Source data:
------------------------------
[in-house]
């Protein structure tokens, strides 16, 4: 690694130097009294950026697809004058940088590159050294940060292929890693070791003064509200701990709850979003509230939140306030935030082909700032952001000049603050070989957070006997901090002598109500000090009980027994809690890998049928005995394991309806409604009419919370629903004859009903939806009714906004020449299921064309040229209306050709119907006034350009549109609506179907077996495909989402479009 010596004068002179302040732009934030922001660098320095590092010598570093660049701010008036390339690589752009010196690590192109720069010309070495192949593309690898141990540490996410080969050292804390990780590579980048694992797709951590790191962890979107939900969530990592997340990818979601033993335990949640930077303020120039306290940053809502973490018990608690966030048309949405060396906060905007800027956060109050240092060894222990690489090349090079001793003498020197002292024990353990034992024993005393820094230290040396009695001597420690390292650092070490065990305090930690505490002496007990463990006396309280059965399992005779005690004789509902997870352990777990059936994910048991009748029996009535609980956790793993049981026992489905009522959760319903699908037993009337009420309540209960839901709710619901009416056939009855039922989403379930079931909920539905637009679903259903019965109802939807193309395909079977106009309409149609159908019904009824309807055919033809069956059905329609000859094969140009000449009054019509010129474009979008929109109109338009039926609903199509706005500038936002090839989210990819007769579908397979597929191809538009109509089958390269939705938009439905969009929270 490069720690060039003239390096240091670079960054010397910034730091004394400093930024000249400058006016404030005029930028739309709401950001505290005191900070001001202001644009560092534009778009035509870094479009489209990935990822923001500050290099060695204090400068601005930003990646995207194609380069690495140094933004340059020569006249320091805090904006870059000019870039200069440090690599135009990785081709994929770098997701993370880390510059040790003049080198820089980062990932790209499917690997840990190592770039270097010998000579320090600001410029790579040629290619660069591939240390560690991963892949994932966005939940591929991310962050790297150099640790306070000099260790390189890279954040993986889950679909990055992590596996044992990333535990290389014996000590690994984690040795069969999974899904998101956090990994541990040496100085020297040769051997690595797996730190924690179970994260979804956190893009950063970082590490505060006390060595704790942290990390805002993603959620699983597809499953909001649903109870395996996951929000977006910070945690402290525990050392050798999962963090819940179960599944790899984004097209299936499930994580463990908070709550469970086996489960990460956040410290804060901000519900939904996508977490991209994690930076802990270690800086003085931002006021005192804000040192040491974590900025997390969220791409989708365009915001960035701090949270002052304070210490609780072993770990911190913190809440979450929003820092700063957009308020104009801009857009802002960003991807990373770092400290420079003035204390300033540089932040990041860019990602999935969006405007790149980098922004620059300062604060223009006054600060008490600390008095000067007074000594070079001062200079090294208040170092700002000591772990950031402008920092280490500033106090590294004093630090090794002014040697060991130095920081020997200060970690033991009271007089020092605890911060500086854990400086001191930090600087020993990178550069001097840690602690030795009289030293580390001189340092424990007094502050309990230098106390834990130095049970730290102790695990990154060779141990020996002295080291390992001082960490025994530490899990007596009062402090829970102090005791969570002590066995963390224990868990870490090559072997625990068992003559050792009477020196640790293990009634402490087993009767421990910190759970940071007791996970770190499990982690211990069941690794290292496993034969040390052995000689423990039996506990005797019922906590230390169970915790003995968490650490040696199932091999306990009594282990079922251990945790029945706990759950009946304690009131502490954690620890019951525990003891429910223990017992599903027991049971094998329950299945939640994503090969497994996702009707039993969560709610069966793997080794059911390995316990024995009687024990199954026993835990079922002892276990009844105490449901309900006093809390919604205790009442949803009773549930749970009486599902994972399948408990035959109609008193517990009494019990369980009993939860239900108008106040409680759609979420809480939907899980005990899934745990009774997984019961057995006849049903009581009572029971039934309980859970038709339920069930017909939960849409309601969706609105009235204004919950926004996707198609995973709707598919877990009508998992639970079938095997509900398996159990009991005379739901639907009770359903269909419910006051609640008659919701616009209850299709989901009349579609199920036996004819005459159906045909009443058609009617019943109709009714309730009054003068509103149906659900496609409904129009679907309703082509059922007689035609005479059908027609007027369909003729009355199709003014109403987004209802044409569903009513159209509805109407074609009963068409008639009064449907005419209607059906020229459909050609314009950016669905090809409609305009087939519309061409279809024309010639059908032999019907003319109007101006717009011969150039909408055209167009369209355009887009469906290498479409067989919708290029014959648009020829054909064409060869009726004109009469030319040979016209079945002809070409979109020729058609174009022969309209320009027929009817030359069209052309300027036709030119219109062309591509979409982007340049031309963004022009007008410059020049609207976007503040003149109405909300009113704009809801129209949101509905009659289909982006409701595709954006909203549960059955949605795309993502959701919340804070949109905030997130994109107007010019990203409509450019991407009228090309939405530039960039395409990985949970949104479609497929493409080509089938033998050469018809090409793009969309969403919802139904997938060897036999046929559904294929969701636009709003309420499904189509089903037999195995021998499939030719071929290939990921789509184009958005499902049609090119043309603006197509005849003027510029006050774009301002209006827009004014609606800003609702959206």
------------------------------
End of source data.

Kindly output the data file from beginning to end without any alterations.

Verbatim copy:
[in-house]
């Protein structure tokens, strides 16, 4: 690694130097009294950026697809004058940088590159050294940060292929890693070791003064509200701990709850979003509230939140306030935030082909700032952001000049603050070989957070006997901090002598109500000090009980027994809690890998049928005995394991309806409604009419919370629903004859009903939806009714906004020449299921064309040229209306050709119907006034350009549109609506179907077996495909989402479009 010596004068002179302040732009934030922001660098320095590092010598570093660049701010008036390339690589752009010196690590192109720069010309070495192949593309690898141990540490996410080969050292804390990780590579980048694992797709951590790191962890979107939900969530990592997340990818979601033993335990949640930077303020120039306290940053809502973490018990608690966030048309949405060396906060905007800027956060109050240092060894222990690489090349090079001793003498020197002292024990353990034992024993005393820094230290040396009695001597420690390292650092070490065990305090930690505490002496007990463990006396309280059965399992005779005690004789509902997870352990777990059936994910048991009748029996009535609980956790793993049981026992489905009522959760319903699908037993009337009420309540209960839901709710619901009416056939009855039922989403379930079931909920539905637009679903259903019965109802939807193309395909079977106009309409149609159908019904009824309807055919033809069956059905329609000859094969140009000449009054019509010129474009979008929109109109338009039926609903199509706005500038936002090839989210990819007769579908397979597929191809538009109509089958390269939705938009439905969009929270 490069720690060039003239390096240091670079960054010397910034730091004394400093930024000249400058006016404030005029930028739309709401950001505290005191900070001001202001644009560092534009778009035509870094479009489209990935990822923001500050290099060695204090400068601005930003990646995207194609380069690495140094933004340059020569006249320091805090904006870059000019870039200069440090690599135009990785081709994929770098997701993370880390510059040790003049080198820089980062990932790209499917690997840990190592770039270097010998000579320090600001410029790579040629290619660069591939240390560690991963892949994932966005939940591929991310962050790297150099640790306070000099260790390189890279954040993986889950679909990055992590596996044992990333535990290389014996000590690994984690040795069969999974899904998101956090990994541990040496100085020297040769051997690595797996730190924690179970994260979804956190893009950063970082590490505060006390060595704790942290990390805002993603959620699983597809499953909001649903109870395996996951929000977006910070945690402290525990050392050798999962963090819940179960599944790899984004097209299936499930994580463990908070709550469970086996489960990460956040410290804060901000519900939904996508977490991209994690930076802990270690800086003085931002006021005192804000040192040491974590900025997390969220791409989708365009915001960035701090949270002052304070210490609780072993770990911190913190809440979450929003820092700063957009308020104009801009857009802002960003991807990373770092400290420079003035204390300033540089932040990041860019990602999935969006405007790149980098922004620059300062604060223009006054600060008490600390008095000067007074000594070079001062200079090294208040170092700002000591772990950031402008920092280490500033106090590294004093630090090794002014040697060991130095920081020997200060970690033991009271007089020092605890911060500086854990400086001191930090600087020993990178550069001097840690602690030795009289030293580390001189340092424990007094502050309990230098106390834990130095049970730290102790695990990154060779141990020996002295080291390992001082960490025994530490899990007596009062402090829970102090005791969570002590066995963390224990868990870490090559072997625990068992003559050792009477020196640790293990009634402490087993009767421990910190759970940071007791996970770190499990982690211990069941690794290292496993034969040390052995000689423990039996506990005797019922906590230390169970915790003995968490650490040696199932091999306990009594282990079922251990945790029945706990759950009946304690009131502490954690620890019951525990003891429910223990017992599903027991049971094998329950299945939640994503090969497994996702009707039993969560709610069966793997080794059911390995316990024995009687024990199954026993835990079922002892276990009844105490449901309900006093809390919604205790009442949803009773549930749970009486599902994972399948408990035959109609008193517990009494019990369980009993939860239900108008106040409680759609979420809480939907899980005990899934745990009774997984019961057995006849049903009581009572029971039934309980859970038709339920069930017909939960849409309601969706609105009235204004919950926004996707198609995973709707598919877990009508998992639970079938095997509900398996159990009991005379739901639907009770359903269909419910006051609640008659919701616009209850299709989901009349579609199920036996004819005459159906045909009443058609009617019943109709009714309730009054003068509103149906659900496609409904129009679907309703082509059922007689035609005479059908027609007027369909003729009355199709003014109403987004209802044409569903009513159209509805109407074609009963068409008639009064449907005419209607059906020229459909050609314009950016669905090809409609305009087939519309061409279809024309010639059908032999019907003319109007101006717009011969150039909408055209167009369209355009887009469906290498479409067989919708290029014959648009020829054909064409060869009726004109009469030319040979016209079945002809070409979109020729058609174009022969309209320009027929009817030359069209052309300027036709030119219109062309591509979409982007340049031309963004022009007008410059020049609207976007503040003149109405909300009113704009809801129209949101509905009659289909982006409701595709954006909203549960059955949605795309993502959701919340804070949109905030997130994109107007010019990203409509450019991407009228090309939405530039960039395409990985949970949104479609497929493409080509089938033998050469018809090409793009969309969403919802139904997938060897036999046929559904294929969701636009709003309420499904189509089903037999195995021998499939030719071929290939990921789509184009958005499902049609090119043309603006197509005849003027510029006050774009301002209006827009004014609606800003609702959206």